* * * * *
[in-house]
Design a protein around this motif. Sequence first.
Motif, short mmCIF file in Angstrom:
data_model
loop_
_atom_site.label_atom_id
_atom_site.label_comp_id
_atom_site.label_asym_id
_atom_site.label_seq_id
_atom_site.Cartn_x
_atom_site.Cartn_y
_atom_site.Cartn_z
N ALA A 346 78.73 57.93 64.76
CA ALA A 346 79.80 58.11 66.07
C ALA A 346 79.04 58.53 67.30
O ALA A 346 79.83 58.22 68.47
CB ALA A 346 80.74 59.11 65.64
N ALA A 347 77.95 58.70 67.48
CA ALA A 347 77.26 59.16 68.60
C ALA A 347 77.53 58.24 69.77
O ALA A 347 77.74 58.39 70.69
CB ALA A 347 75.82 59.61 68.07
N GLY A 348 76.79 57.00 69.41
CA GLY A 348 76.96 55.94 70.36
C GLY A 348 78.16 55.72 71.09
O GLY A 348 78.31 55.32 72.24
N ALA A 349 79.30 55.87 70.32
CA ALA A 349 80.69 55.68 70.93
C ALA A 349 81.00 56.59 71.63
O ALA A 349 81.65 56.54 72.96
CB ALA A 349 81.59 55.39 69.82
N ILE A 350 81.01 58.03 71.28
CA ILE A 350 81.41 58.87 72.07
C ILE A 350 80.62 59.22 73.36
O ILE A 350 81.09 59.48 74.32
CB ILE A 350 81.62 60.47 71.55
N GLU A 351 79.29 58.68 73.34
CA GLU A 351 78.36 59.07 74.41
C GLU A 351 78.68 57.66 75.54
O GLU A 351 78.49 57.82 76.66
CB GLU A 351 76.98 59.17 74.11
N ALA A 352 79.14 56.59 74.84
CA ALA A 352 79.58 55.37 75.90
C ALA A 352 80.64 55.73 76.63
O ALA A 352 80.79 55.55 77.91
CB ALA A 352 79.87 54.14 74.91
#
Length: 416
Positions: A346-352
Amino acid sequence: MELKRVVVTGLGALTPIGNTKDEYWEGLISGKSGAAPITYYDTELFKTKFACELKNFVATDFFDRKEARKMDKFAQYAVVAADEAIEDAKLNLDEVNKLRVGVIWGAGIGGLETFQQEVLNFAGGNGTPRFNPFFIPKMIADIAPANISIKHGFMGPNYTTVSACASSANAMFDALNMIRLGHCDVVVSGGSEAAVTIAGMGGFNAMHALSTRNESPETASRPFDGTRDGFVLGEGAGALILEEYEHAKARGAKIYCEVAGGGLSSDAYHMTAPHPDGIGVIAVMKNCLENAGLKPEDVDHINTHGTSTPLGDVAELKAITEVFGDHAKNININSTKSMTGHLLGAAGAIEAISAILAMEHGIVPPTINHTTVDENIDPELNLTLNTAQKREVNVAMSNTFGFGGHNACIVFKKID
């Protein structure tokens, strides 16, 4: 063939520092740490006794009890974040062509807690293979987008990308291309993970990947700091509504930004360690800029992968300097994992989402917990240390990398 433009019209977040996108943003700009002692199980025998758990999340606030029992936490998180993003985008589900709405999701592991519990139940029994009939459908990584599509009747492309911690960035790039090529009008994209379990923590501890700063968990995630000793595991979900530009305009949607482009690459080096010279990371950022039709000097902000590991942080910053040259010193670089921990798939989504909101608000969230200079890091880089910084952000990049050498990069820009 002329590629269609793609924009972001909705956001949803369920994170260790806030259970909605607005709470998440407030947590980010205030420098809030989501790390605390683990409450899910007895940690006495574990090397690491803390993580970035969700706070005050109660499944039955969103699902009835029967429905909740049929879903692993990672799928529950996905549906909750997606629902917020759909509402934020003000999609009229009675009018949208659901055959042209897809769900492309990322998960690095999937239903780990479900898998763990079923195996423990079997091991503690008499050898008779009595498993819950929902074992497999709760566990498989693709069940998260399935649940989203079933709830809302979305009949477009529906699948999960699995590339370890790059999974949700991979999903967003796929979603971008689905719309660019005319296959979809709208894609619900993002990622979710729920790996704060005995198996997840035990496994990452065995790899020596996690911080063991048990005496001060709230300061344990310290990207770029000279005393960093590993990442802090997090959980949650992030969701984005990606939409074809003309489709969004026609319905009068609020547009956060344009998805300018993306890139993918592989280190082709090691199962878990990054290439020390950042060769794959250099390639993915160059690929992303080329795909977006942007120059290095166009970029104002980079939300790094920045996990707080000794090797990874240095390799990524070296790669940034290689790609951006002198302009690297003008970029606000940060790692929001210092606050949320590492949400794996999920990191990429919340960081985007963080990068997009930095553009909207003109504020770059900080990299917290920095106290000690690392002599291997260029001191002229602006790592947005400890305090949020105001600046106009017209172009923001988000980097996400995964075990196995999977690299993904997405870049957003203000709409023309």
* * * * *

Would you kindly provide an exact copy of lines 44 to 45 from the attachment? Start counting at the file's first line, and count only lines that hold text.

C ALA A 352 80.64 55.73 76.63
O ALA A 352 80.79 55.55 77.91